David Crosby: Remember My Name
It serves up the myth and a necessary corrective to it simultaneously.
If "The Honey Pot" had been a novel and not a film, it would, have been one of those leisurely, old-fashioned thrillers John Dickson Carr used to turn out.
The plots were always romantic, cerebral and incredibly complex. For example: An enigmatic millionaire invites three women from his past to a secluded Venetian palace. They are greeted by his secretary, a young man who announces that his master is ill and wishes to decide who to will his money to.
The guests eye each other suspiciously. One by one, they are called to the millionaire's room for interviews. Each leaves him an expensive present. Everyone retires for the night. Shadowy figures come and go through hidden passages, concealed gardens, dark stairways and dumb waiters. The lights flicker on and off, and the phone does not work. In the morning there are two corpses, and an inspector arrives on the scene.
All of this was strictly according to form. It was the rest of the plot that mystery fans really savored. All those involved conversations beginning, "Oh, then you mean that after Mrs. Sheridan had locked herself into her bedroom for the night, the butler went out the back way, etc."
After several chapters of such deductions, the Inspector would sigh and say, "Let us all go up to the death chamber. I have a few interesting observations which I would like to make."
This is essentially the approach (and the plot) of "The Honey Pot." Joseph Mankiewicz has made a whodunit which, like the best of Hitchcock, plays fair with the audience. All the necessary clues are there before your very eyes. They are thoroughly discussed by the characters, and held up to the light from six directions. And then, of course, everything is solved in the most unexpected way.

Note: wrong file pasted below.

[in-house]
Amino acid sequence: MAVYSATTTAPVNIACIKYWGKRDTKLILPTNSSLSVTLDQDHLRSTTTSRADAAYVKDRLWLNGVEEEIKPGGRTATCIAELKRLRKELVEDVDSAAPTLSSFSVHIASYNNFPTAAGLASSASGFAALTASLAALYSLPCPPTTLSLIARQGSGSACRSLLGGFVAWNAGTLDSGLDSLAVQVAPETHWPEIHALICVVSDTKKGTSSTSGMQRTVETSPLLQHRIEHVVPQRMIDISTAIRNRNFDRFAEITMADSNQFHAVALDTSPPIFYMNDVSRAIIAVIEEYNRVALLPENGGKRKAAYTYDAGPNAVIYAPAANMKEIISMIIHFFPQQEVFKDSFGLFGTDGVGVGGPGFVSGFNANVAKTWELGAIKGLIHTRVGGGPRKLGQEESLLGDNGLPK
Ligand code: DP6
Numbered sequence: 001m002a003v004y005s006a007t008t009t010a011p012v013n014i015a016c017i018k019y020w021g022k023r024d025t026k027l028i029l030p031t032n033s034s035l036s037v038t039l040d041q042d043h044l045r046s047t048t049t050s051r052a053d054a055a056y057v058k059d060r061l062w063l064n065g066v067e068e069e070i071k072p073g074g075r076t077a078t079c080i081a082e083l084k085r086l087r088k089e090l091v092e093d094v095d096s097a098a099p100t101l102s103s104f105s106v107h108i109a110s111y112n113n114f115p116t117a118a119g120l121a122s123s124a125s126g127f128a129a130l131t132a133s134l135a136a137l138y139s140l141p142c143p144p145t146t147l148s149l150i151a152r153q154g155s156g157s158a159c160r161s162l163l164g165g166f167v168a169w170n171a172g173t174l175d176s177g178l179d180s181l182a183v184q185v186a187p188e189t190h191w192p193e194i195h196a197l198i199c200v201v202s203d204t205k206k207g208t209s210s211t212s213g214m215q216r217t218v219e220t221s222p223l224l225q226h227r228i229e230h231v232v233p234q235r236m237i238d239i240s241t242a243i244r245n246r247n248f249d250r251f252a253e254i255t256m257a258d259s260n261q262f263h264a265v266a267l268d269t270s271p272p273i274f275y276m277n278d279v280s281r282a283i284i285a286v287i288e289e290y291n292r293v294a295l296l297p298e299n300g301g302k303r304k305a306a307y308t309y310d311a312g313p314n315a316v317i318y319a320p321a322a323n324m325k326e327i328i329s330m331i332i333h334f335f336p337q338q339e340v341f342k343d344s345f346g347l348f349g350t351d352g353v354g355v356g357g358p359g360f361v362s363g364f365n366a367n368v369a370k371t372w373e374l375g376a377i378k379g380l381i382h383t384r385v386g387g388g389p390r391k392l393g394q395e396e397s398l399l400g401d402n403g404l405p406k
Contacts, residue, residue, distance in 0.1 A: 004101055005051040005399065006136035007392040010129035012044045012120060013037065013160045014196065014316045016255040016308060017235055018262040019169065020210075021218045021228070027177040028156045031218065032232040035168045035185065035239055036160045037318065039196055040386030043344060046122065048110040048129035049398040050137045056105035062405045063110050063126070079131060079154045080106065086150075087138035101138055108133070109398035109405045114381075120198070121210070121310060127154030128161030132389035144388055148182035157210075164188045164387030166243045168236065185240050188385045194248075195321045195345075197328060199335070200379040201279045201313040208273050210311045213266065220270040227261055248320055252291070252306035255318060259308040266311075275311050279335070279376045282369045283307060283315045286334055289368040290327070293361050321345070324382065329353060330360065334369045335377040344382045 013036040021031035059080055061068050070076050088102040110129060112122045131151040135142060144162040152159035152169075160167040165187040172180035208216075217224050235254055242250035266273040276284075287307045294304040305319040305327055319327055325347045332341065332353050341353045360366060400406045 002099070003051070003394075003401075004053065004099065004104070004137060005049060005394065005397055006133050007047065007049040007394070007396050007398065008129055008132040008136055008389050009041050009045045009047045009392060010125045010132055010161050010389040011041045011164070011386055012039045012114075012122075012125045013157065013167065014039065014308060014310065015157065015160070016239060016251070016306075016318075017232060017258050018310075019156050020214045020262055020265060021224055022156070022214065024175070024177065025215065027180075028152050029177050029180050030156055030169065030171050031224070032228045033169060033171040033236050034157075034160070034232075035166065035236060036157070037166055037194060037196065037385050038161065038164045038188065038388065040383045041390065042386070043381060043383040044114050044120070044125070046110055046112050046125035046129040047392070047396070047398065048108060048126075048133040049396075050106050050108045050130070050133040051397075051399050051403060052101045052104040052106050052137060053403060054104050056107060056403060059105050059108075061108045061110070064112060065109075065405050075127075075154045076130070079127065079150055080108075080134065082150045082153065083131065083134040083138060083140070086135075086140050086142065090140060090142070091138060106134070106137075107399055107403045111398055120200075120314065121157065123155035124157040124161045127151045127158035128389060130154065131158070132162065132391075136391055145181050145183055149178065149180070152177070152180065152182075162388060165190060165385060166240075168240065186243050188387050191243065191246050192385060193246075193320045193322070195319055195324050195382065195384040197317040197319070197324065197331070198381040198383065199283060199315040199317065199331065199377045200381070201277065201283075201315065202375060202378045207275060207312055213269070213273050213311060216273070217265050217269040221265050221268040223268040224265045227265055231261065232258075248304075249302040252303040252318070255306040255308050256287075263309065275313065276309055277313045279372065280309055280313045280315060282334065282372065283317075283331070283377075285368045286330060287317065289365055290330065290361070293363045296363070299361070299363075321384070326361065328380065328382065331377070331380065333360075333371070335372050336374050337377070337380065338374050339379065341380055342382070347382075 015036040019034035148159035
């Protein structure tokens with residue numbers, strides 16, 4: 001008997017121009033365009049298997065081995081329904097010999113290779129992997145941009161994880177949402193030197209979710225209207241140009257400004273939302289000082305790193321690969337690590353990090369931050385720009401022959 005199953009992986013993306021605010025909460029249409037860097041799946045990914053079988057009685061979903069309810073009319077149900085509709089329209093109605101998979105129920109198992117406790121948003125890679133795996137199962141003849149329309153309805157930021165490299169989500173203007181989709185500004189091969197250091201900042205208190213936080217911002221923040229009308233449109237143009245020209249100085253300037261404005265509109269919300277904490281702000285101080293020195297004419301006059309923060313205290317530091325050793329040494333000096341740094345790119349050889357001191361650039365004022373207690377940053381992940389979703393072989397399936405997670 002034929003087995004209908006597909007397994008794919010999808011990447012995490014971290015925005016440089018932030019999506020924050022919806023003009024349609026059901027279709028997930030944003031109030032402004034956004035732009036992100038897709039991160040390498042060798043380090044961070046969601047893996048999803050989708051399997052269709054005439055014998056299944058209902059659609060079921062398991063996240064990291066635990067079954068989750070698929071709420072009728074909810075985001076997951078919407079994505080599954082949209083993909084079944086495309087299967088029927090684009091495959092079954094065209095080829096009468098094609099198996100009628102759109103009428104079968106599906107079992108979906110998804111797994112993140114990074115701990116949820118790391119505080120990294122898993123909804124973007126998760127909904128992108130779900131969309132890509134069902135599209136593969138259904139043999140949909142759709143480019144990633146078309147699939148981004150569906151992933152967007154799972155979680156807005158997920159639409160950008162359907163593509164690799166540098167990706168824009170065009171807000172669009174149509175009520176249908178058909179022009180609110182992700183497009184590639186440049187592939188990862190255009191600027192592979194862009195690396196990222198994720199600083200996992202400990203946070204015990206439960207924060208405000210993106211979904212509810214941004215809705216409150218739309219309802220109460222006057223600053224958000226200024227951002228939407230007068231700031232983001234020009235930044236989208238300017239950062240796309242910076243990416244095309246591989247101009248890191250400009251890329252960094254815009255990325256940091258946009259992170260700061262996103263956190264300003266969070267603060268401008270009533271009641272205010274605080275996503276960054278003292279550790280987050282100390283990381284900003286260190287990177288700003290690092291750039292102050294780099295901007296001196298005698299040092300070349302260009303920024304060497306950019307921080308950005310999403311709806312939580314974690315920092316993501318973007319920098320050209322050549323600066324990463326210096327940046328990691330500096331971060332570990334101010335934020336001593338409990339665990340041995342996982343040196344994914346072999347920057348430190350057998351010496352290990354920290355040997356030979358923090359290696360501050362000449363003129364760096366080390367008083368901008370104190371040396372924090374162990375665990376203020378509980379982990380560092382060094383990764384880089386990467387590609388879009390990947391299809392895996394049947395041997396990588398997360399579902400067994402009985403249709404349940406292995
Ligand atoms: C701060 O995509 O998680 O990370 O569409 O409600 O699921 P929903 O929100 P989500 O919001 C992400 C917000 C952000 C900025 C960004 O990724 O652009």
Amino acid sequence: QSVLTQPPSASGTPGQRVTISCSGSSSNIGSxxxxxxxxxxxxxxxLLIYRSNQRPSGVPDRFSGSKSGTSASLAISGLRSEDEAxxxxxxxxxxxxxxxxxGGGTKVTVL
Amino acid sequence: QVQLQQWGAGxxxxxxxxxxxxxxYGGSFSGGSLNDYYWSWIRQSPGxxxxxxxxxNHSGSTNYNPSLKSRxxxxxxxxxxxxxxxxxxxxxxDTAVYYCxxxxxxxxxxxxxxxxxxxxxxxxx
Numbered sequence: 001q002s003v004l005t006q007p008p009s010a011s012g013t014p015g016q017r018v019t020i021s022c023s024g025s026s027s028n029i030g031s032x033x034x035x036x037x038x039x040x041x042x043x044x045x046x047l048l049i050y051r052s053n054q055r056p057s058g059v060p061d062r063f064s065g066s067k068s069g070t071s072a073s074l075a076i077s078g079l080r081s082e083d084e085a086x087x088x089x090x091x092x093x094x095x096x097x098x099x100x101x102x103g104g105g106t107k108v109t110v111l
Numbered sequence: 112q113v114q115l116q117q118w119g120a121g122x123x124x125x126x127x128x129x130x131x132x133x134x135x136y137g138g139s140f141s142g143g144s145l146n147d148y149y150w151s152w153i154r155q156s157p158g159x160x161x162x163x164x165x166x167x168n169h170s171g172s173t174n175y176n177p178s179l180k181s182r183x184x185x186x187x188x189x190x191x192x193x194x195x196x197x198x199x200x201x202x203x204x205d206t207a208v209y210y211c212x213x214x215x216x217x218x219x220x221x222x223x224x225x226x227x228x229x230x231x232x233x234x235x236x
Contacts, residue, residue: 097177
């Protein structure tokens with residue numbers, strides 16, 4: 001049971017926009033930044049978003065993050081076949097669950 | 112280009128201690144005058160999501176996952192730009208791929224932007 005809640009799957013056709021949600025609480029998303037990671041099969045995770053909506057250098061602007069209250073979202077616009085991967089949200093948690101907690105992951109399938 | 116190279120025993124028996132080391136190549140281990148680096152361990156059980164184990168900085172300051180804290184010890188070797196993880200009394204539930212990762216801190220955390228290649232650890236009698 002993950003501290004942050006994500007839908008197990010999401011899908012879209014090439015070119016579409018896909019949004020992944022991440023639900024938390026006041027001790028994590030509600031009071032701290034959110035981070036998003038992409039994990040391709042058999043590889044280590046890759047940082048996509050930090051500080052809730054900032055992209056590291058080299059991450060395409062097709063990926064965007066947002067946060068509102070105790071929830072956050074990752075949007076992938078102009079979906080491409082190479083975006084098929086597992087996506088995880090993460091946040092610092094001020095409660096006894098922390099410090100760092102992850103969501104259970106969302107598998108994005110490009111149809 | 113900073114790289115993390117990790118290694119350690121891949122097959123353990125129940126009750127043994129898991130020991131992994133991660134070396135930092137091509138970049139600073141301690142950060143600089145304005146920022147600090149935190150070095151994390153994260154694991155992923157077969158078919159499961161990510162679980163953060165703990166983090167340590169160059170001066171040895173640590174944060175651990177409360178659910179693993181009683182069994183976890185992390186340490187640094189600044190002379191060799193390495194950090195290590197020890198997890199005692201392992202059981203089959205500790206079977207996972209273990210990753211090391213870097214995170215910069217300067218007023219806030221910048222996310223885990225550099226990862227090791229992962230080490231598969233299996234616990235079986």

Mankiewicz lifted his basic plot from Ben Jonson's "Volpone," but the style owes more to Henry James. It is a conversational film, heavy on deduction and light on action, and it is very long (155 minutes). My first reaction was that it was too long, but on reflection I think perhaps the length is necessary
Mankiewicz develops his story with loving care, explaining each turn and twist to make everything perfectly clear. We learn, at first, that the millionaire (Rex Harrison) wishes to play a real-life version of "Volpone" as a practical joke. Then we learn how "Volpone" turns out, and the mystery deepens. Then we learn that Harrison's "joke" has a different ending. Then we learn that Harrison's ending has a different ending than Harrison anticipated. Then we learn . . .
And so on. If Mankiewicz had tried to do this film in under two hours, he would have, brought home a confused botch, a "Casino Royale" (1967). But he has played fair with the plot, and the plot has pulled him through. The leading actors are all competent, except for the wooden Cliff Robertson. Rex Harrison is splendid as a 17th Century nobleman trapped in the 20th Century.
And, after 155 minutes, the ending is all that could be desired: complex, logical, unexpected and gloriously satisfying.
There is no need to put up a sign in front of the theater asking audiences not to tell who did it. That's only half the answer. The rest is how. And why.
An interview with the legendary critic J. Hoberman on the release of his book Make My Day.
A review of Morgan Neville's Shangri-La, premiering on Showtime July 12th.